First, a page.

Advanced thermal technologies

Advanced thermal technologies are similar to gasification, but with some variation in heat source, oxygen level, or temperature. These changes make them better at handling specific types of waste materials. However, these newer methods are not yet well developed enough to be cost-effective.


Pyrolysis involves heating waste to high temperatures in low-oxygen environment. It works at lower temperatures than traditional gasification—as low as 300°C (600°F). Pyrolysis produces a mixture of syngas, a solid called biochar, and a liquid called pyrolysis oil or bio-oil. Biochar is useful as a soil amendment for farms, but the main product of pyrolysis is bio-oil. This dense liquid contains about half as much energy as petroleum. In theory, it could be refined to produce renewable gasoline, diesel, or jet fuel.

Unfortunately, bio-oil is unstable and difficult to refine. The U.S. Department of Agriculture (USDA) is currently working on improving pyrolysis methods to produce more usable bio-oil. Scientists in the Middle East are also testing a pyrolysis method for mixed plastic waste. In 2019, they announced that they had used it to produce a bio-oil with a higher energy value comparable to diesel fuel.

Supercritical water gasification

Supercritical water gasification, also called hydrothermal gasification, transforms liquid waste to gas at high temperature and pressure. It produces a gas rich in hydrogen, methane, or both. This process can handle waste with too much water for normal gasification, such as sewage sludge. Swiss company TreaTech has used it to convert sludge to a mix of biogas, clean water, and nutrient-rich mineral salts. TreaTech is also working on ways to use this method on chemical waste.

sorting trash cans on the street in the city on a sunny day.jpg

How individuals can be part of the solution

As an individual, you can’t easily burn or digest your own trash for energy. But you can still be a part of the solution to the twin problems of waste and energy demand. For instance, you can:

  • Reduce waste. The less waste we produce, the less we need to dispose of. Two types of waste you can reduce at home are food waste and packaging waste. To reduce food waste, plan meals, eat up leftovers, and take care to use food before it spoils. To reduce packaging waste, seek out products with less packaging or, better yet, with none. For instance, drinking tap water instead of bottled water saves hundreds of plastic bottles each year and costs less, too. And of course, bring your own bags to the store.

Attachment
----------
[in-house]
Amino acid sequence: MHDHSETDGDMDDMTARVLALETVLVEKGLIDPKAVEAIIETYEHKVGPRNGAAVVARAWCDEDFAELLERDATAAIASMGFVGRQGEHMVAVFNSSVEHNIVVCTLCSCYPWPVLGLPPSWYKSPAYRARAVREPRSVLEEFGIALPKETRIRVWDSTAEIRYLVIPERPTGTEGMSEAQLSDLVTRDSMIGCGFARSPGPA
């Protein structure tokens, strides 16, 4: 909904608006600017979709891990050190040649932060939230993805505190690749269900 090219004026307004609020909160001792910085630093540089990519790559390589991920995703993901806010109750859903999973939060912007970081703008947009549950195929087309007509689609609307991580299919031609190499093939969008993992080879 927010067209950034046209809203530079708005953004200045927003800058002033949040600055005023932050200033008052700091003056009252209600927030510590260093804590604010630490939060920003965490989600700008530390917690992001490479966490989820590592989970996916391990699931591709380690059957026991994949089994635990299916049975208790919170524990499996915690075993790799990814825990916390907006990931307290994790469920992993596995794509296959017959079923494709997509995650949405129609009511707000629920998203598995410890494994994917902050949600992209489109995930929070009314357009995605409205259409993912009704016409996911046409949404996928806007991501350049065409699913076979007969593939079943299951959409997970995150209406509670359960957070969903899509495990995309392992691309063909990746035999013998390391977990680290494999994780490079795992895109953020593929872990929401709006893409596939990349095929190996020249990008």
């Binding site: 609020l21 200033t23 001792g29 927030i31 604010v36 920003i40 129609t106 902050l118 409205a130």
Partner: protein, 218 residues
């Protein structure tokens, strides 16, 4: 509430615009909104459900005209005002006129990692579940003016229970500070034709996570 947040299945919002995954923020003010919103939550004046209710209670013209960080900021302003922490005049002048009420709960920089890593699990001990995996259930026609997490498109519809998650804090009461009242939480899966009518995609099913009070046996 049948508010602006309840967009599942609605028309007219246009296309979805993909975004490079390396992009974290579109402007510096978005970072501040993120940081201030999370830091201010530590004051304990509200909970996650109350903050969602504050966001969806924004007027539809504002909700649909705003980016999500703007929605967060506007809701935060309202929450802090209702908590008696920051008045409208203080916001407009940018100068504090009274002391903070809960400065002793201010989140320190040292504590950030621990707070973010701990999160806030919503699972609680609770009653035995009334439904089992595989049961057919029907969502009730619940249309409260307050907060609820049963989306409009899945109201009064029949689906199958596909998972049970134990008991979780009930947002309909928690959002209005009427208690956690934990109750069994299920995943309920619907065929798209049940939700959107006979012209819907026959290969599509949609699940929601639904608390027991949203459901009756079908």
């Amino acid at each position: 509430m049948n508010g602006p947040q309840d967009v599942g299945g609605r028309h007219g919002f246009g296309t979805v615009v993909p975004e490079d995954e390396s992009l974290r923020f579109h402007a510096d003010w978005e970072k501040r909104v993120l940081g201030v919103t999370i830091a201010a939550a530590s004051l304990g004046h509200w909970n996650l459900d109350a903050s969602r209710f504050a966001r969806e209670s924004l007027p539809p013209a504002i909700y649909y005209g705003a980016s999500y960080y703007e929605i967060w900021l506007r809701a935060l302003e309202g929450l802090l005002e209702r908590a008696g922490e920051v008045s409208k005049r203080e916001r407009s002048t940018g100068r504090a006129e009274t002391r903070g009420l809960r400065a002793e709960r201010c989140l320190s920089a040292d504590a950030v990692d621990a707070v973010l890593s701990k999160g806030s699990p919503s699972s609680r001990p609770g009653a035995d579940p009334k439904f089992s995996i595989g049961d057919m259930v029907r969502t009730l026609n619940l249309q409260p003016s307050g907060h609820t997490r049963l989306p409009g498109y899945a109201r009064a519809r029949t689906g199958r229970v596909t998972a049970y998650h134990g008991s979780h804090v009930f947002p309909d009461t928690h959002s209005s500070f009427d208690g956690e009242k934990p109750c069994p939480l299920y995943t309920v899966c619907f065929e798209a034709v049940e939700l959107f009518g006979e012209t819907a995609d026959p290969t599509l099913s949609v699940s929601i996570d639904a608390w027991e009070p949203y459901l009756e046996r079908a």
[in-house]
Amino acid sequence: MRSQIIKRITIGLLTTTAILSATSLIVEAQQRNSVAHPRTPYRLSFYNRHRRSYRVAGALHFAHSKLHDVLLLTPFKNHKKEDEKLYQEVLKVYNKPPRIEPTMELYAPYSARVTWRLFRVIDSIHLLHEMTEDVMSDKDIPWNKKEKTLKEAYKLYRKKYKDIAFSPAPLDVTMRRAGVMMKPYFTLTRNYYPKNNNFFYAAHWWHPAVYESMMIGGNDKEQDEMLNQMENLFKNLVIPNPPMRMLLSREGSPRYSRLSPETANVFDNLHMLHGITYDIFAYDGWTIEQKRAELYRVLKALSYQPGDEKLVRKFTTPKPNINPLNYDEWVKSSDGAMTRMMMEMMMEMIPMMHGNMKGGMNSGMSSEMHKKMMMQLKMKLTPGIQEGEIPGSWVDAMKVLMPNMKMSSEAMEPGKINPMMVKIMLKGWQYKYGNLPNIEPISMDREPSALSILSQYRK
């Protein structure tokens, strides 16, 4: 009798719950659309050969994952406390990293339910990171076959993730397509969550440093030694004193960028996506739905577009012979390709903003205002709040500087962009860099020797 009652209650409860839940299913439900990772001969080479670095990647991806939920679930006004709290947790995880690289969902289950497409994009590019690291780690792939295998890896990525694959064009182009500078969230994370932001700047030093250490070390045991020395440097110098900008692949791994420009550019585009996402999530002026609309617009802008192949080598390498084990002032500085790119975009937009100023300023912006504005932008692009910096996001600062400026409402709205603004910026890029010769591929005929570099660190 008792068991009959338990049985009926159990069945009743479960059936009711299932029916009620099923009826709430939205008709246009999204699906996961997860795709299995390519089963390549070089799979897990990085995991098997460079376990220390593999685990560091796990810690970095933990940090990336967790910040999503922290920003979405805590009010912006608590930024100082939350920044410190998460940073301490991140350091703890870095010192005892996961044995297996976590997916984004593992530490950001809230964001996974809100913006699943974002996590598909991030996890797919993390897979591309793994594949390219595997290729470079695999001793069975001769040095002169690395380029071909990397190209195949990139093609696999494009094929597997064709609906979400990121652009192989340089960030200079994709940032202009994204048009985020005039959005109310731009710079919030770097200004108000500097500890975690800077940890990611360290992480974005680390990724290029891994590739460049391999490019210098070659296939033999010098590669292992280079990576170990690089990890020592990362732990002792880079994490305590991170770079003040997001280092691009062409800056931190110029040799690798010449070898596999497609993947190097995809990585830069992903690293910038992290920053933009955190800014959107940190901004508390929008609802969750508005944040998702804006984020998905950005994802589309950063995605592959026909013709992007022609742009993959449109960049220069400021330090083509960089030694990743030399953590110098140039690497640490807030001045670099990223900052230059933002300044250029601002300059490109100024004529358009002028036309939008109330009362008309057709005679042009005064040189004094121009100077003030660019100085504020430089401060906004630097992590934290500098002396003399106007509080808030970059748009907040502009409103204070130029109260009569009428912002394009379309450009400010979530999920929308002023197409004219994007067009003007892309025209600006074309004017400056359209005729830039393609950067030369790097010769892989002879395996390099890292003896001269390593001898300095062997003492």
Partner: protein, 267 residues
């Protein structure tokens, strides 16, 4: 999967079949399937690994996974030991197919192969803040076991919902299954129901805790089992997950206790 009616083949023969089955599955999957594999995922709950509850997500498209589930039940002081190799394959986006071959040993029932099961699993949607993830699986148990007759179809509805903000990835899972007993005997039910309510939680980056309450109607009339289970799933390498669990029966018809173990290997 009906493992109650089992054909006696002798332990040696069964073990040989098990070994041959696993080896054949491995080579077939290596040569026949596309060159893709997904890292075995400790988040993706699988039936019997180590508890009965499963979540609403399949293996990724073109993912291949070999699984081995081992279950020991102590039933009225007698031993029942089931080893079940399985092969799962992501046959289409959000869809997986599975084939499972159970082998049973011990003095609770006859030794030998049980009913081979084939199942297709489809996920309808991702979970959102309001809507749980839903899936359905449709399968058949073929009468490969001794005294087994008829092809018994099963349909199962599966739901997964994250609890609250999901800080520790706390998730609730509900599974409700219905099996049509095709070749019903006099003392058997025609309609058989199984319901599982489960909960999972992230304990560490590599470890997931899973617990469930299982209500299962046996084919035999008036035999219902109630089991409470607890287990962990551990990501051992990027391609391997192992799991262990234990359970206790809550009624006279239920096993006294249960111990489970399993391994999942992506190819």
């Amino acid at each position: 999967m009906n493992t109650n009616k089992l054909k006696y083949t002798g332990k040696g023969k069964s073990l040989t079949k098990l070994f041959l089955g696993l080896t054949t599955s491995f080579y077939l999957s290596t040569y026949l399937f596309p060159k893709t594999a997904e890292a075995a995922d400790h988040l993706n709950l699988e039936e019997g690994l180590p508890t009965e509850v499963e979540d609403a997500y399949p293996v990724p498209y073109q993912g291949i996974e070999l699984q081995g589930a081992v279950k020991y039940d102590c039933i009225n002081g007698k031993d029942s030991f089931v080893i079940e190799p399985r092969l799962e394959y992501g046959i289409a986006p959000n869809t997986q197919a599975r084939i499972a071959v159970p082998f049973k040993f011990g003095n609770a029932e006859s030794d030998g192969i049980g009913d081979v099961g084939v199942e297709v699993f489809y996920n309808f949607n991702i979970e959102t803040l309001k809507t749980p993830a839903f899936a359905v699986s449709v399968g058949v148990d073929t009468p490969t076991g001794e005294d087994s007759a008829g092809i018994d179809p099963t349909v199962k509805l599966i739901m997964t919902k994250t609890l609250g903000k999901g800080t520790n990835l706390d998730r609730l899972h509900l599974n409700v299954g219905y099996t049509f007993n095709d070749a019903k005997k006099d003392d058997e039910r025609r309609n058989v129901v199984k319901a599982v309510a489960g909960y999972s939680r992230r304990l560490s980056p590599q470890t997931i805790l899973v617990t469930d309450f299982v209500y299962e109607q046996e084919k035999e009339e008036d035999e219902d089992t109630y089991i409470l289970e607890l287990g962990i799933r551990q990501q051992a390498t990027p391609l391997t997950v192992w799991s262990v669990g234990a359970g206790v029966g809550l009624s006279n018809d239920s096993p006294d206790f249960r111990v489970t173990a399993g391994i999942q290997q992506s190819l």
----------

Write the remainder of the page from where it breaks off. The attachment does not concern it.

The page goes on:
• Recycle. When you can’t eliminate waste, recycling is the next best thing. If your community has a curbside recycling program, use it. Your town or county website should have a page explaining the rules and how to sort your waste properly. For materials you can’t recycle at the curb, search Earth911 to find a recycling center near you.
  • Compost. You don’t need a digester to turn waste into useful material. All you need is a simple compost bin. Just toss in food and yard waste and turn the pile occasionally. Over time, that waste will turn into rich fertilizer for your garden. Even if you don’t have a yard, can probably make room in your home for a small worm compost bin. Or check to see if your town offers a municipal composting program.
  • Use clean energy. The easiest way to use clean energy at home is to sign up for community solar. If that’s not available in your area, switch to a clean electricity supplier instead. To eliminate gasoline use, consider an electric vehicle for your next car. And when it’s time to replace your home heating system, look into energy-efficient electric heat pumps.
  • Be an advocate. Support clean energy policies at all levels of government—federal, state, and national. Write and call legislators and talk about environmental issues with friends and family and on social media. Environmental advocacy groups like Climate Changemakers or Green America can keep you informed about policies to support.
An engineer holds a laptop and checks the operations of the solar farm.jpg

The future of waste-to-energy technology

Waste-to-energy technology can address both the problem of waste problems and the problem of energy supply. However, as currently practiced in the U.S., it’s not a major part of the solution to either. The main method in use, incineration, accounts for a fraction of waste disposal and an even smaller fraction of energy production. And right now, incineration isn’t very clean or cost-effective. Advanced incinerators help address these problems but don’t eliminate them.

Newer WtE methods have greater potential. Anaerobic digestion is particularly promising because it produces valuable digestate, adding to its financial and environmental benefits. But gasification and advanced thermal techniques could eventually be part of the puzzle. These technologies have the potential to process hard-to-manage types of waste like plastics and sewage sludge. With further research, they could eventually be a major source of new, sustainable alternatives to fossil fuels.

In short, waste-to-energy isn’t that important to our energy system yet. But in time, it could become a key part of a circular economy in which nothing—even “waste”—is ever truly wasted.